Hands and hearts
A Tulsan finds her purpose in west Africa.
Stanislas and Tulsan Joli Beasley aboard Africa Mercy. After returning to Tulsa, she learned he is still recovering well.
Catherine Murphy/Mercy ships
Like many empty-nesters, Joli Beasley had a lot more time after her youngest child graduated from high school.
She found herself re-examining what she’d felt was her life’s purpose since before she could drive a car.
“At age 15, I knew I wanted to do two things: marry Todd Beasley and be a stay-at-home mom,” she says. “I have wife skills, and I have mom skills.”
At a glance, 45-year-old Beasley fits in well among the Utica Square crowd. A doctor’s wife — Todd is an anesthesiologist at St. John Health System — she is pretty, blond, fit and recognized by several midtown neighbors at a local juice shop.
But it’s difficult not to notice her one anomaly: Beasley is missing her left arm just above the elbow. It doesn’t bother her because she was born that way. “I’ve never had an instinct to do things with two hands,” she says.
Ironically, even with one arm — which has required a lifetime of creativity to accomplish everyday tasks — Beasley says she realized in 2016 how relatively “easy” her life was. And she wasn’t sure she liked that.
“There just weren’t many demands in my life, physically or financially,” she explains. “I was very appreciative of that, but at the same time thought, ‘That’s probably not a good thing.’ I had more time, energy and contentment than ever before, and I wanted to use it all for good.”
Beasley was ready to get uncomfortable, a willingness that led her to a floating hospital off the west African coastline.
As the typical “planner” of her family, Beasley was surprised when Todd asked her to join him for two weeks on a medical mission trip to Africa.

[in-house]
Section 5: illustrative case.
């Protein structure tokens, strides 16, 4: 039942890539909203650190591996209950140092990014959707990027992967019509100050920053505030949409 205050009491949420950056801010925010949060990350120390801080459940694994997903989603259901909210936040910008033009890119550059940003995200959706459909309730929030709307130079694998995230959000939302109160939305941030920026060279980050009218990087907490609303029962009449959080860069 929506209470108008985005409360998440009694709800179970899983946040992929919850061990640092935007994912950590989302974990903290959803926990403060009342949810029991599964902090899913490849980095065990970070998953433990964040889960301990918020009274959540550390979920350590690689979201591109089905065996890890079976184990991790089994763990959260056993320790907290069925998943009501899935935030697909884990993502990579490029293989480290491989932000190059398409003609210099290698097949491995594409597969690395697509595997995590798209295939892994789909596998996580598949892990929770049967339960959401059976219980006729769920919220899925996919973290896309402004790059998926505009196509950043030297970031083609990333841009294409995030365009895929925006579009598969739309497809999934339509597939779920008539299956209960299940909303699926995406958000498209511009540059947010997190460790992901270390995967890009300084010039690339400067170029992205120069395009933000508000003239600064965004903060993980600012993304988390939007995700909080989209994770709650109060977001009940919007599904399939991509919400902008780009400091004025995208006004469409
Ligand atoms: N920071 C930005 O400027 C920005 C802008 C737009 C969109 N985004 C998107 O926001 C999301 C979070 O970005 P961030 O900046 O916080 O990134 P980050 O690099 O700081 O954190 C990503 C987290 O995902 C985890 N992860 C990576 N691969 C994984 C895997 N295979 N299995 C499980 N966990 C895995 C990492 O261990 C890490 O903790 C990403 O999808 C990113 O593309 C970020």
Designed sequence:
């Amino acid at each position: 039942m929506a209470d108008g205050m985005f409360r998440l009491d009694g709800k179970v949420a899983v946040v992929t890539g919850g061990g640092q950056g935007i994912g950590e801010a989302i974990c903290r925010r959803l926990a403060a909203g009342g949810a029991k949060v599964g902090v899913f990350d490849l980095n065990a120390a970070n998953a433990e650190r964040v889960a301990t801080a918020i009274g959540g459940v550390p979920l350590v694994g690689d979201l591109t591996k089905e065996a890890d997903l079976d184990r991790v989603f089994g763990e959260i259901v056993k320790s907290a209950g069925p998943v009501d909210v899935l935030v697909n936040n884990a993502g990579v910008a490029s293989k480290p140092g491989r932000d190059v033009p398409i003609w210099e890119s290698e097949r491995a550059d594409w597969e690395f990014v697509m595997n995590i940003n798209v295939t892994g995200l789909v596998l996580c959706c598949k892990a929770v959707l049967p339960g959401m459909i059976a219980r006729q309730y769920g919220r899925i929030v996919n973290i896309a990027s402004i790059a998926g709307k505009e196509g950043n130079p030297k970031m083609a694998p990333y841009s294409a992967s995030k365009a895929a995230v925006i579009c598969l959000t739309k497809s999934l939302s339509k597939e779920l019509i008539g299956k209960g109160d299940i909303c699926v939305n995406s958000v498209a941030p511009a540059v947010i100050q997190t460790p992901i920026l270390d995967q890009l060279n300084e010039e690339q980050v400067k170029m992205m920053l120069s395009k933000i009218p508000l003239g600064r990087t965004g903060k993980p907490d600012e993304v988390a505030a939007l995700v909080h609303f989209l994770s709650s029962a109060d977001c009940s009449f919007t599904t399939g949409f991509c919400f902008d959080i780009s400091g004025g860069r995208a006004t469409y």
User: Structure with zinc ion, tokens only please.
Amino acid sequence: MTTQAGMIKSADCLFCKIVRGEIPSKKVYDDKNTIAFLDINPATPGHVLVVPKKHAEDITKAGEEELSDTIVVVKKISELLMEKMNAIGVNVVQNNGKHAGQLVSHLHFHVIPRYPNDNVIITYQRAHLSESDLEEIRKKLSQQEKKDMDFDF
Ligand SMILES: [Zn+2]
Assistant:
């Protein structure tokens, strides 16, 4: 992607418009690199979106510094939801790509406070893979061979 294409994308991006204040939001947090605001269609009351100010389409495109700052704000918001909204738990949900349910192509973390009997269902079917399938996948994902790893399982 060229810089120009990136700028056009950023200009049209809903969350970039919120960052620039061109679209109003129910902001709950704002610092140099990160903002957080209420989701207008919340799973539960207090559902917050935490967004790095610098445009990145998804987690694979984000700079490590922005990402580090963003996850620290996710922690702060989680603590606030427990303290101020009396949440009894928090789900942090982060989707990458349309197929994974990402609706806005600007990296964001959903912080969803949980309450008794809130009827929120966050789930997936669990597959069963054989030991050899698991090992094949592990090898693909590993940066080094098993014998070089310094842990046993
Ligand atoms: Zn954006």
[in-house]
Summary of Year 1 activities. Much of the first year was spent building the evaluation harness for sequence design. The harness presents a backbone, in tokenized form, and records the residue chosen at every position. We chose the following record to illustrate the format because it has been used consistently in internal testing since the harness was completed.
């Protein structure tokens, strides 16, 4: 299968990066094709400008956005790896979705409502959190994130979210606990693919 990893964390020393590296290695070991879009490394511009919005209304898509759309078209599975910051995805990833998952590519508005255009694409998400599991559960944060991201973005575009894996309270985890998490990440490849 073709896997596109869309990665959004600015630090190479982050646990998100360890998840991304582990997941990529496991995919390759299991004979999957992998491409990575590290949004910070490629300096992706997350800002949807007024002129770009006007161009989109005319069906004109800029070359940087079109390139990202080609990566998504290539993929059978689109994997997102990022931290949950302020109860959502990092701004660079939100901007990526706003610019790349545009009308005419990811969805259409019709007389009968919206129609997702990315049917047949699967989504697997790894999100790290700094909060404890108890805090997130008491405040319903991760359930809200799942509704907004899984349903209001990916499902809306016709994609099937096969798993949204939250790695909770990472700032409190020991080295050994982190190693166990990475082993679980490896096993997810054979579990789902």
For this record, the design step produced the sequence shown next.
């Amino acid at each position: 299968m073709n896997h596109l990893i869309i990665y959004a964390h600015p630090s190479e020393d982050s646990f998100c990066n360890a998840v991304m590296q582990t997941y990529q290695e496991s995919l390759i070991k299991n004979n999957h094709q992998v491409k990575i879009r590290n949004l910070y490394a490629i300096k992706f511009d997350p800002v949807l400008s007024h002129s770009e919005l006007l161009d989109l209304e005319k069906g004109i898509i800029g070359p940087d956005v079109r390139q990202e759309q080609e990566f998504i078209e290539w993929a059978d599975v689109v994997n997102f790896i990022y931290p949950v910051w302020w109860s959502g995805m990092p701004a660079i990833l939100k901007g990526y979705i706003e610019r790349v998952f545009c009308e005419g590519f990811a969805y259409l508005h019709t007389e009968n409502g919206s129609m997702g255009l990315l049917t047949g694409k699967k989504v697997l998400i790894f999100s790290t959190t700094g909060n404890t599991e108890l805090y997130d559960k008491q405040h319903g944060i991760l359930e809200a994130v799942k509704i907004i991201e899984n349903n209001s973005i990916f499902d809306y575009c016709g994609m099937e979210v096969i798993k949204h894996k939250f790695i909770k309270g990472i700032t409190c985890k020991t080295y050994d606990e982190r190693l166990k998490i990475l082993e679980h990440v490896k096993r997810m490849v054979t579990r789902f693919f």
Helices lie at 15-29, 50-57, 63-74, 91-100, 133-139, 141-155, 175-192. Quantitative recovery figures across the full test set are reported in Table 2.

He wanted to serve alongside the couple’s friends, Tulsa natives Dr. Brian and Jamie Barki. The Barkis are missionaries for Mercy Ships, an organization that travels by sea to provide free, life-saving surgeries in areas with limited access to medical care. Brian and Todd did their residency training at the University of Alabama-Birmingham, and Todd eventually recruited Brian to St. John from UAB. They both worked at St. John until the Barkis and their three children committed to live and serve for two years on the ship named Africa Mercy. They have since committed to an additional year.
Joli agreed to accompany Todd on the trip and serve in whatever capacity she could, knowing he would be in surgery much of the time. Whatever she might do, she knew, would pale in comparison to the life-changing work of her husband and the other medical staff on the ship.
However, the first day aboard Africa Mercy, Beasley’s reason for traveling across the globe stared her in the face. His name was Stanislas, a farmer from a remote village in the west African country of Benin. A fire had burned Stanislas’ right arm to his side when he was 6 years old. After a long-awaited operation to free the arm and improve its use, Africa Mercy surgeons lost its pulse, and the arm had to be amputated just above his elbow.
Frightened for what this would mean for his livelihood and family, Stanislas was deeply depressed — until Joli Beasley, an American woman with one arm, walked onto the floor of his ward.
Stanislas’ disappointment in the surgery’s outcome was palpable, especially in contrast to the ship’s other patients recovering from surgeries such as tumor and cataract removals and palate corrections. After all, their lives were vastly improved. “Everyone else was healing happily, and Stanislas was thinking, ‘I’m worse off than when I started,’” Beasley says.
However, when Stanislas saw Beasley, his countenance changed. Here was a literal answer to his prayers. A few days later through a translator, he told Beasley he’d been sitting in the hall when God told him to look up. At that moment, Beasley was walking toward him. Stanislas explained, “The fact that you are on the ship at this very time is God’s way of saying to me, ‘Son, I see you and I love you, and I sent Joli to tell you these things.’”
The experience of meeting Beasley so touched Stanislas that he sang a song of gratitude to her a few days after their initial meeting. “For a full three minutes, this man sang a song to me in his native language,” Beasley recalls. “When he was finished singing, the translator said that he made that song up just for me right then. That was really quite an unbelievable experience.”